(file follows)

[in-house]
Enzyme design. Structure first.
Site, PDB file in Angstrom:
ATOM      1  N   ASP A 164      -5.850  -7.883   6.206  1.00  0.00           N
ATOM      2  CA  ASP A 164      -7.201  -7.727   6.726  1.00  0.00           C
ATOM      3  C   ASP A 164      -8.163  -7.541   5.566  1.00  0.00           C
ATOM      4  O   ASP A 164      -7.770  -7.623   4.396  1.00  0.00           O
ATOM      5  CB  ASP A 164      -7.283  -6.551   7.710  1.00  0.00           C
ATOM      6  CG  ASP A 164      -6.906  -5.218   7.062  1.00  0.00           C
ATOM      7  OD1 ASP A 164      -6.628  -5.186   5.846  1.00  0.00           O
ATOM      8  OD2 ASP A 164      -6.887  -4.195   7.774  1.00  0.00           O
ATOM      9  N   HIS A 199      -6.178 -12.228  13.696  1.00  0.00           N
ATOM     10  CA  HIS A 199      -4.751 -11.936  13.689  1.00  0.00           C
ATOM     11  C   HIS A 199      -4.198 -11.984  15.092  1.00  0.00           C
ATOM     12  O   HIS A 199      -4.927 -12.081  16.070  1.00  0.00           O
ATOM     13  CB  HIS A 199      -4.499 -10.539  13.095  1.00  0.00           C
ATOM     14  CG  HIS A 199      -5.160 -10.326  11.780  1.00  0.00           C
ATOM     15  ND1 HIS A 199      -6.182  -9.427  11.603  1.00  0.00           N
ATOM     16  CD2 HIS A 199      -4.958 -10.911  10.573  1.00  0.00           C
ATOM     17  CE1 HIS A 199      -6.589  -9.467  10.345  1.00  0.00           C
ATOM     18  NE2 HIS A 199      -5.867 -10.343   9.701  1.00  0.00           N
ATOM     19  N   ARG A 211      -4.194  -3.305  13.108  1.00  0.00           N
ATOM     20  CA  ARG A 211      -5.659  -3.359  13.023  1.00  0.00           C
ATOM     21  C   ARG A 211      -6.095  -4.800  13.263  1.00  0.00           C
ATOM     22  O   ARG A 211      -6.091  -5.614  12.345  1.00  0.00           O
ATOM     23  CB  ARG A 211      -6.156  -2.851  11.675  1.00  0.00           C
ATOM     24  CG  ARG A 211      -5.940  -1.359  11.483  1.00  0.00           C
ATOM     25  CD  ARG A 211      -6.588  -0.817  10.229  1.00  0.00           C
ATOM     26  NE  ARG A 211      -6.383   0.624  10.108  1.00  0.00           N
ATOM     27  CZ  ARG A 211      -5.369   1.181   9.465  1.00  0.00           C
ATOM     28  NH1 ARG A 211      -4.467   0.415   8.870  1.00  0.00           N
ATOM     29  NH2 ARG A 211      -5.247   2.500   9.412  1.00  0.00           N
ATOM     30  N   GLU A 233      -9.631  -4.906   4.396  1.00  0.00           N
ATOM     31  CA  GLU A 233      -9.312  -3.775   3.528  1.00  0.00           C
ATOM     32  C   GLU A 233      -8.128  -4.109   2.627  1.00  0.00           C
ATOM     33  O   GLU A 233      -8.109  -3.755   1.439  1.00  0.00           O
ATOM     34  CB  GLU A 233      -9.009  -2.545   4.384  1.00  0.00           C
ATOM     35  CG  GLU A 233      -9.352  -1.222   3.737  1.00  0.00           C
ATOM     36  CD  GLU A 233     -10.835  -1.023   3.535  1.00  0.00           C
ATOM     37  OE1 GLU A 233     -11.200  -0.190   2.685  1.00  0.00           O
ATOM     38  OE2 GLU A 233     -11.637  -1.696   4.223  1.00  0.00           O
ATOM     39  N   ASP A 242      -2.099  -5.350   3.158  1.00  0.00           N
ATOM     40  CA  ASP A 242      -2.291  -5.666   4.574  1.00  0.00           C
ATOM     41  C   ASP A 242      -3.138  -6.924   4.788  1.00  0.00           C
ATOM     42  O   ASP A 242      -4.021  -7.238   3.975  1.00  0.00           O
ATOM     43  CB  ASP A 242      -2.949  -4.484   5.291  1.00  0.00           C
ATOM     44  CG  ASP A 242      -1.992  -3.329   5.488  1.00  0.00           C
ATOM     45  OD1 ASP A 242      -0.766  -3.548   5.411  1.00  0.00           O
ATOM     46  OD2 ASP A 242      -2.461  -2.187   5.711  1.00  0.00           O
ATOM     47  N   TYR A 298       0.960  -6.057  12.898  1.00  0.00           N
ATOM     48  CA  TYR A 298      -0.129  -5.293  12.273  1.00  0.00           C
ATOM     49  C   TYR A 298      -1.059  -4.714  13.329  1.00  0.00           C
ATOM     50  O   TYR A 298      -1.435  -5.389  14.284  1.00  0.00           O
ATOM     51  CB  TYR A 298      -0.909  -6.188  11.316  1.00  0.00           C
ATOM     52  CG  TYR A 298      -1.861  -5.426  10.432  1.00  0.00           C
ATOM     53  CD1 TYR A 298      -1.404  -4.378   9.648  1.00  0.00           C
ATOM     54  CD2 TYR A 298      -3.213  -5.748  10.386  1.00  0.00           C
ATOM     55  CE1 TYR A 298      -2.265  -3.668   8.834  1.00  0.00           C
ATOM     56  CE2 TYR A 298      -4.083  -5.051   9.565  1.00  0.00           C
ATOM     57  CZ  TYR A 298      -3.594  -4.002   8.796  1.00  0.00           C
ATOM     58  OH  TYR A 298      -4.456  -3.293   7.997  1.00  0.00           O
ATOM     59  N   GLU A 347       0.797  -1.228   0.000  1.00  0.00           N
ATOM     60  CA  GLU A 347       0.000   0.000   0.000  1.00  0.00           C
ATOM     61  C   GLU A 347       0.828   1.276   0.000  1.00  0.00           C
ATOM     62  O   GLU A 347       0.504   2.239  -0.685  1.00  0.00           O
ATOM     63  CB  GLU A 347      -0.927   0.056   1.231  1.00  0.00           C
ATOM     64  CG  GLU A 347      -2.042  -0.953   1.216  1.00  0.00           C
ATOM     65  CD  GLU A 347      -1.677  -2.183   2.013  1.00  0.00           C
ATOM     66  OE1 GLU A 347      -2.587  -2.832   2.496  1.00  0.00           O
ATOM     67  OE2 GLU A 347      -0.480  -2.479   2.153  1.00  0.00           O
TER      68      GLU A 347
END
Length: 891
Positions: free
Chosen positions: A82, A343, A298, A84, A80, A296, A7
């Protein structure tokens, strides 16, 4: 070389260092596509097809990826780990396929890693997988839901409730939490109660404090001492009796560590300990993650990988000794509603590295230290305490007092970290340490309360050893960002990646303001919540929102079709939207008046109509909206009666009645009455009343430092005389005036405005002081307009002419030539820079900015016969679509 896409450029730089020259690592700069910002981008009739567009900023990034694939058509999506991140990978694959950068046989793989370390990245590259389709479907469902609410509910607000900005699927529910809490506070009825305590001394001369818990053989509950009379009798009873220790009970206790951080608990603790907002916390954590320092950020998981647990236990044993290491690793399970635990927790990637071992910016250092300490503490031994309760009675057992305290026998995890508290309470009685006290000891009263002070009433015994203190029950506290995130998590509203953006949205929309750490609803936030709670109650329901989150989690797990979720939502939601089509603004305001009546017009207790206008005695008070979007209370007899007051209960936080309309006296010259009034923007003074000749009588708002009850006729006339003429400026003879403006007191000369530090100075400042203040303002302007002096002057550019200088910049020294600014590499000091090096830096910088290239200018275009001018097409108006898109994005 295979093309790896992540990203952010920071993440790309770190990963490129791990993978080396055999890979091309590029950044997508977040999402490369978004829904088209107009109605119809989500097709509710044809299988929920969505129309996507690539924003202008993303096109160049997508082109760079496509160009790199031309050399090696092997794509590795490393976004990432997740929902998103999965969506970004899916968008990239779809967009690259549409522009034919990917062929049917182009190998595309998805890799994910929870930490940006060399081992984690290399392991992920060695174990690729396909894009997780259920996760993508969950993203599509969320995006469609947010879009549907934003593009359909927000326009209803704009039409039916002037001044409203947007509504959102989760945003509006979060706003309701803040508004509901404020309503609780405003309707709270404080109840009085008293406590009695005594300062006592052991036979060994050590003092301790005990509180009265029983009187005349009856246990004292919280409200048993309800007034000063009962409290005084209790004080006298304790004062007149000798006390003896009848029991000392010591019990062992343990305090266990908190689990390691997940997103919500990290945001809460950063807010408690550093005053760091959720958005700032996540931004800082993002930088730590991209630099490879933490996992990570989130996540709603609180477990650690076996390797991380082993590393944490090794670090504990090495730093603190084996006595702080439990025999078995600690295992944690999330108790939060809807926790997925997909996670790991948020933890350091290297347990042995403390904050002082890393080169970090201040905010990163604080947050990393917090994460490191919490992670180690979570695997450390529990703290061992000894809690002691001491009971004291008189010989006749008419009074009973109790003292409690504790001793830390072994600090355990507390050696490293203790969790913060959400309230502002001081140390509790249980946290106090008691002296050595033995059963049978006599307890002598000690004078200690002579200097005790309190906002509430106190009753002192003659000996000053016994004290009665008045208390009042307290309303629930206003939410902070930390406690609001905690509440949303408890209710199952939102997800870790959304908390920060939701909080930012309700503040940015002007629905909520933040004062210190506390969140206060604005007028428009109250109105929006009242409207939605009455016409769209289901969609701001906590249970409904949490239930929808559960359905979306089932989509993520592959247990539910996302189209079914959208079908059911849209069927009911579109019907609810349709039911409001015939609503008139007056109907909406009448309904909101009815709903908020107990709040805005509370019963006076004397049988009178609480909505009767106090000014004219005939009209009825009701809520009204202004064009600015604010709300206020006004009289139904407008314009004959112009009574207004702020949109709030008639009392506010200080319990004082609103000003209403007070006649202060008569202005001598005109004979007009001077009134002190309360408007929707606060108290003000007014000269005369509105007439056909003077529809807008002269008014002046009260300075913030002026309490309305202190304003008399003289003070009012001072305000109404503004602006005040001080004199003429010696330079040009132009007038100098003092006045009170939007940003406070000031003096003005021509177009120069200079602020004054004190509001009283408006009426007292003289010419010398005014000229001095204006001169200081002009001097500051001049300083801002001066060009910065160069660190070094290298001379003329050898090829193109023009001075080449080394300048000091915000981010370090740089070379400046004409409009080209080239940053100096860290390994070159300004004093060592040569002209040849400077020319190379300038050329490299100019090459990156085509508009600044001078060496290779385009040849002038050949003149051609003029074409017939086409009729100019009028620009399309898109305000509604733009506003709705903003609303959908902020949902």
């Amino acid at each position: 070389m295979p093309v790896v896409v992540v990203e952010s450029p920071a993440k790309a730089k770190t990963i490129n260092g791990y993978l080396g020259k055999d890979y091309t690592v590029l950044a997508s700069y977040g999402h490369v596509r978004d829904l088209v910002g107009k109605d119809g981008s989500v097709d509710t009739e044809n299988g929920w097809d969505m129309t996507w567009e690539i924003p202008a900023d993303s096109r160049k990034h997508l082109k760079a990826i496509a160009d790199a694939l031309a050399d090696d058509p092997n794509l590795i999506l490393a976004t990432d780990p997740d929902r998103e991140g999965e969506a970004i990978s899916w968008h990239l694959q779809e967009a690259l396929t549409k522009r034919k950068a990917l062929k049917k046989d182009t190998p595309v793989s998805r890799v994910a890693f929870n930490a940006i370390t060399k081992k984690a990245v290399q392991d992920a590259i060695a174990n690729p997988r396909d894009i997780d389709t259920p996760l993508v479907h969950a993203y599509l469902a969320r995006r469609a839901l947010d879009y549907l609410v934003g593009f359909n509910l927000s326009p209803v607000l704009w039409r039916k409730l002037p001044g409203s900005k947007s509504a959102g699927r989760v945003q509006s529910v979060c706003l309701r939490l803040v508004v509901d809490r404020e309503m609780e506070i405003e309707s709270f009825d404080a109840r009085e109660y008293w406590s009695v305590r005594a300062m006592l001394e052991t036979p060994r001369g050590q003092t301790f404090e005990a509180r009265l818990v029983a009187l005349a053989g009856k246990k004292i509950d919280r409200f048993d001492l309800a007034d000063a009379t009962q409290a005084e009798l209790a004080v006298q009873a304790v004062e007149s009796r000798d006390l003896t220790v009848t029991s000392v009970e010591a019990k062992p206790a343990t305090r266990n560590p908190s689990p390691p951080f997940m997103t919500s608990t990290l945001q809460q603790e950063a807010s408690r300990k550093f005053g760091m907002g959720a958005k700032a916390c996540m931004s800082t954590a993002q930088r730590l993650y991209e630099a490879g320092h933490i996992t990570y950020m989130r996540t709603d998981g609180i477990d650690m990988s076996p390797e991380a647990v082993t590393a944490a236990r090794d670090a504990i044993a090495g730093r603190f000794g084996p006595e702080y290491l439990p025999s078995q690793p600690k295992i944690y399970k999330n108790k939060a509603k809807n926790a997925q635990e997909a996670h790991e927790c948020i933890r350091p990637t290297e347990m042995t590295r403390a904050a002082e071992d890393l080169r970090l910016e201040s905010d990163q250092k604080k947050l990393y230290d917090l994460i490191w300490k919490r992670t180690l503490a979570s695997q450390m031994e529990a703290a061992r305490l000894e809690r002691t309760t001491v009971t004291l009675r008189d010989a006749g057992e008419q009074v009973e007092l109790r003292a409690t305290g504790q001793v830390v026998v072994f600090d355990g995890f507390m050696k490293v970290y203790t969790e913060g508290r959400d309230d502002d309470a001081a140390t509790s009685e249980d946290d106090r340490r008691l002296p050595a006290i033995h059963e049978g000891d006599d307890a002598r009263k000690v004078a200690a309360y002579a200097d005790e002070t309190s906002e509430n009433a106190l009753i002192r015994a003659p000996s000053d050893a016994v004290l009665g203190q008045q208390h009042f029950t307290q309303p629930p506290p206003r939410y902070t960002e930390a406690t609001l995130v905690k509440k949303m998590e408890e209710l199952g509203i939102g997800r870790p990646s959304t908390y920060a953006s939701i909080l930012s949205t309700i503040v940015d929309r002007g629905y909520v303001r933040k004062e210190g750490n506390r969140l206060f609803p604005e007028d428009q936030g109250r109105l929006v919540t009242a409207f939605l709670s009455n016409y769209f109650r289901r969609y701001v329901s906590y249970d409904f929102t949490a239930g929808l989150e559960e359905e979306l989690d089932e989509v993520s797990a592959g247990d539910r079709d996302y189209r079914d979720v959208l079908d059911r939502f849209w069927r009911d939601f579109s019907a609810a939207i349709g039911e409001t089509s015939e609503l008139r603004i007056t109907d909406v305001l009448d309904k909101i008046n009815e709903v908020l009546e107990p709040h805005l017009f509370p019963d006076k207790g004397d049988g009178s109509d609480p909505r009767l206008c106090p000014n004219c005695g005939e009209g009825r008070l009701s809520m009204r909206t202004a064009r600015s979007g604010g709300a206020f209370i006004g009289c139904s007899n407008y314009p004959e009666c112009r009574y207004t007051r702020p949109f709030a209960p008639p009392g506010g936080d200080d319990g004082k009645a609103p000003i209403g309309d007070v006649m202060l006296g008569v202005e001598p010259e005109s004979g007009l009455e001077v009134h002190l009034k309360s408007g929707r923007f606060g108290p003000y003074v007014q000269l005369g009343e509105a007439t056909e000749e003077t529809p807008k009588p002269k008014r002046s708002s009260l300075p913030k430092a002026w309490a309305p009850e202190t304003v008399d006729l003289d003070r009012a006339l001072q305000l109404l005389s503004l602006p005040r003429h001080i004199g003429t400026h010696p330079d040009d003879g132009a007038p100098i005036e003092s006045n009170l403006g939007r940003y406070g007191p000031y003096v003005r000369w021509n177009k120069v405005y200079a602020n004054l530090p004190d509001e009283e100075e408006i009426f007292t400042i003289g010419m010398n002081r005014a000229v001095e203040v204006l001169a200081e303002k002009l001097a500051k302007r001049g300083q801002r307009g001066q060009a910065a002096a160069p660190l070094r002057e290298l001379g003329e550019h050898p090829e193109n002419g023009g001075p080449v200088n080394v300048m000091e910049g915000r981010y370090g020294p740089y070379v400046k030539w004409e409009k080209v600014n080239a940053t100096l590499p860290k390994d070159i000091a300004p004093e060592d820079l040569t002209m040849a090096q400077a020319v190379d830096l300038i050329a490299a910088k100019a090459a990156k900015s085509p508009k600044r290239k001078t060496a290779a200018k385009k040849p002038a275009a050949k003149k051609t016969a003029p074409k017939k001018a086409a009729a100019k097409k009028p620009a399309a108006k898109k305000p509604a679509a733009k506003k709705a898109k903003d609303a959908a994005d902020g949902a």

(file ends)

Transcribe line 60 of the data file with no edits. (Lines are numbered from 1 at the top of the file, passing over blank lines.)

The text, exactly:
ATOM     57  CZ  TYR A 298      -3.594  -4.002   8.796  1.00  0.00           C